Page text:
Low blood sugar is not common with normal doses of Invokana. If you missed your dose of Invokana, take it as soon as you remember. But if it is almost time for next dose, skip the missed dose and take Invokana at your regularly scheduled time.

It is very important you do not take two doses of Invokana at the same time, unless your doctor instructs you to do this. Taking too much Invokana may lower your blood sugar too much. Signs of low blood sugar include: headache, drowsiness, weakness, dizziness, confusion, hunger, a fast heartbeat, sweating, and a shaky feeling. Always keep a source of sugar, like fruit juice, hard candy, or crackers with you in case you have low blood sugar.

10. Can I Afford To Buy Invokana?

Since Invokana is a relatively new medicine, lower cost generics for this drug will not be available for many more years. The retail cash price for this drug varies around the country, but in general may run from $350 to 450 per month. Your insurance may cover all or some of the cost of this medication.

If you are not able to afford your medication, do not hesitate to speak to your doctor about this. It may be that another more affordable medication can be prescribed. If needed, Janssen, the manufacturer of Invokana, may be able to offer cost assistance for Invokana if you qualify. You can call them at 1-877-468-6526.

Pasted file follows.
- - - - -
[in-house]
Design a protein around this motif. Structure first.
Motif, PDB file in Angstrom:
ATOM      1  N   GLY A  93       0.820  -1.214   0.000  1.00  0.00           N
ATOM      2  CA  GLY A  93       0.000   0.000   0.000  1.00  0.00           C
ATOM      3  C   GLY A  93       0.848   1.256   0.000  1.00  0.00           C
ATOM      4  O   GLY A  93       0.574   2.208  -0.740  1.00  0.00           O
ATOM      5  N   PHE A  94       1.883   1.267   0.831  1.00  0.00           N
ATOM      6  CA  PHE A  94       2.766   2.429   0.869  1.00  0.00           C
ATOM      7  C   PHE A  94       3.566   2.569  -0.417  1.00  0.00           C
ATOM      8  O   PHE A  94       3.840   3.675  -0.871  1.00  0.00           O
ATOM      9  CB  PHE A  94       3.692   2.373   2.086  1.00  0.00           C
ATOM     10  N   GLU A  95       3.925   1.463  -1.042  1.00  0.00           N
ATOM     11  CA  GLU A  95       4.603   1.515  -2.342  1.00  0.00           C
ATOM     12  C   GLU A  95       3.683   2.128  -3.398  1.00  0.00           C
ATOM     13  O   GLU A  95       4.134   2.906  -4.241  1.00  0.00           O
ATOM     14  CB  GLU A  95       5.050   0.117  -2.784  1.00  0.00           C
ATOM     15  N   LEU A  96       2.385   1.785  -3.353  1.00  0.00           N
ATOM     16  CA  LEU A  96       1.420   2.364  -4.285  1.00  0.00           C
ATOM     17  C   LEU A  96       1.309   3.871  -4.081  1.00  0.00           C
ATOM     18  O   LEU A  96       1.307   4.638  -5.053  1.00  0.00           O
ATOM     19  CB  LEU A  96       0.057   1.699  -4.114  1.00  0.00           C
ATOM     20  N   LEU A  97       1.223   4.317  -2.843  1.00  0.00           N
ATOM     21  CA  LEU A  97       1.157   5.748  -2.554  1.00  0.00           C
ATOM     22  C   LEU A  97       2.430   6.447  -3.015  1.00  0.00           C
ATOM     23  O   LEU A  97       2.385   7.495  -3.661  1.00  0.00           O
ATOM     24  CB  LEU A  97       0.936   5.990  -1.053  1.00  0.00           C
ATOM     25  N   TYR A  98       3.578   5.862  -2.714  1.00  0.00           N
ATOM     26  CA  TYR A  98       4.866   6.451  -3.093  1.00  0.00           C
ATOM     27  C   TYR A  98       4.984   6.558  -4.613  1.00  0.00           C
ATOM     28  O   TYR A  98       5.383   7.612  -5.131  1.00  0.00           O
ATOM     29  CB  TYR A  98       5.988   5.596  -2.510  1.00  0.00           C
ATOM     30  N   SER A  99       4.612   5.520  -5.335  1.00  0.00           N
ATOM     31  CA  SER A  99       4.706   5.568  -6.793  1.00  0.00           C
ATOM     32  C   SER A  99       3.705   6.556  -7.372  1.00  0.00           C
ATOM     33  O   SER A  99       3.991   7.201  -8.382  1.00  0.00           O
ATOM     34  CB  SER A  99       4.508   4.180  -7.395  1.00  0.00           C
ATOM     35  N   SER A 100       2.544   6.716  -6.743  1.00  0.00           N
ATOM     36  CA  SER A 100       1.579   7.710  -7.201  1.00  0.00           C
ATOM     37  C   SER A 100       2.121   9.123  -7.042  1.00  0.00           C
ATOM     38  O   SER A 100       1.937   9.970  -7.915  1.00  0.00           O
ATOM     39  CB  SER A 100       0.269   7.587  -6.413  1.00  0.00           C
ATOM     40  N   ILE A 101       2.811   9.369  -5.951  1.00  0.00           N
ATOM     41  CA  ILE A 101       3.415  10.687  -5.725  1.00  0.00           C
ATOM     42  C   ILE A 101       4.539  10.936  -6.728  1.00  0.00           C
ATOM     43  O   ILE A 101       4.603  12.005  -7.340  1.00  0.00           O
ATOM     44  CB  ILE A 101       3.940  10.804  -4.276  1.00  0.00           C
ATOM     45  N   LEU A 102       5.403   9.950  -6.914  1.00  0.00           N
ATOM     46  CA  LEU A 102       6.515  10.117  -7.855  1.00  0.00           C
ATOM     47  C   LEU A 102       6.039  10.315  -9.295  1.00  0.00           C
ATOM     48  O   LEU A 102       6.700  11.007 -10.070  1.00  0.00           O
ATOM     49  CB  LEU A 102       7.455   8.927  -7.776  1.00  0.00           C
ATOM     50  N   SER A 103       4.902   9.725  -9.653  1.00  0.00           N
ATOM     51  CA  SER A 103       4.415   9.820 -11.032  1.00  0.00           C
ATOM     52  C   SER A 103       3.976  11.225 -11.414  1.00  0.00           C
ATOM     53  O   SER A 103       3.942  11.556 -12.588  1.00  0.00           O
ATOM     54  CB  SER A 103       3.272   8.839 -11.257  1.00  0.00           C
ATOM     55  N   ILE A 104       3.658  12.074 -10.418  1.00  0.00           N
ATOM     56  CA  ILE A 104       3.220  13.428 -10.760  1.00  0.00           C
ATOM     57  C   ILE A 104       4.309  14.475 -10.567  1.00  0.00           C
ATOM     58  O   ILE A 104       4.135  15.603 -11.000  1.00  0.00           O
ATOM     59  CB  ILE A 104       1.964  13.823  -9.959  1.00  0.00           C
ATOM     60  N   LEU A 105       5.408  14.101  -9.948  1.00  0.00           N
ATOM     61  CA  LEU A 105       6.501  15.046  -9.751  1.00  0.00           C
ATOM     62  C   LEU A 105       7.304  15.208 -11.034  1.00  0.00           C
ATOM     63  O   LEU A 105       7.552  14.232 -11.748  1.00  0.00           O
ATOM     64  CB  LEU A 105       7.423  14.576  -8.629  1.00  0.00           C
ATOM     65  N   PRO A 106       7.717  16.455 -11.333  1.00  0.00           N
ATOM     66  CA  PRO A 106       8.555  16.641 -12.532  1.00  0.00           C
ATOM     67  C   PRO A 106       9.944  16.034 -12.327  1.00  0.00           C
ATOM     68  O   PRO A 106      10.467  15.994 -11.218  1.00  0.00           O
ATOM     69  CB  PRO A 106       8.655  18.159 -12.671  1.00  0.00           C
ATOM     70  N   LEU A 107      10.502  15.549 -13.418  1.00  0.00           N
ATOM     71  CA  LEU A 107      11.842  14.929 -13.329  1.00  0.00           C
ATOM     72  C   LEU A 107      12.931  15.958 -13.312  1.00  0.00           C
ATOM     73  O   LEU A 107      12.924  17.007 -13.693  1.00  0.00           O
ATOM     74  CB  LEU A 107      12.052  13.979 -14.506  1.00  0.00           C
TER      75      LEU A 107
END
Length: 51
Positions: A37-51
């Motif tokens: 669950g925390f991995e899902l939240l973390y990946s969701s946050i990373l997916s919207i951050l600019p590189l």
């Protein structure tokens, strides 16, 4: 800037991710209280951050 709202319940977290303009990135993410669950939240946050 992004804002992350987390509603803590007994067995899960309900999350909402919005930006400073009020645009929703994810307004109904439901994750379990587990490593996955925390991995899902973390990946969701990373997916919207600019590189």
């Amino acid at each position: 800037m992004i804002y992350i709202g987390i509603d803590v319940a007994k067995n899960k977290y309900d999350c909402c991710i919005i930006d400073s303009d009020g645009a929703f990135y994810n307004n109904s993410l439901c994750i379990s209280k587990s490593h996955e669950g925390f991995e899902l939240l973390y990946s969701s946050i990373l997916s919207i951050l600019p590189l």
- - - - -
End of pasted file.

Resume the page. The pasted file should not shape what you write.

Finished: Invokana Insights: 10 Drug-Specific Facts You Should Know

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  • Invokana Professional Information. (FDA Package Insert). Revised: 03/2015. Accessed August 15, 2016 at
  • FDA Issues Warning for Type 2 Diabetes Drugs. May 18, 2015. Accessed August 15, 2016 at
  • SGLT2 inhibitors: Drug Safety Communication - FDA Warns Medicines May Result in a Serious Condition of Too Much Acid in the Blood. May 2015. Accessed July 16, 2015 at
  • FDA Alert. New Drug Approved for Type 2 Diabetes. April 1, 2013. Accessed August 15, 2016 at
  • Canagliflozin (Invokana, Invokamet) and Dapagliflozin (Farxiga, Xigduo XR): Drug Safety Communication - Strengthened Kidney Warnings. June 14, 2016. Accessed August 15, 2016 at
  • Canagliflozin (Invokana, Invokamet): Drug Safety Communication - Clinical Trial Results Find Increased Risk of Leg and Foot Amputations. May 18, 2016. Accessed August 15, 2016 at
  • Invokana and Invokamet (canagliflozin): Drug Safety Communication - New Information on Bone Fracture Risk and Decreased Bone Mineral Density. Sept. 10, 2015. Accessed August 15, 2016 at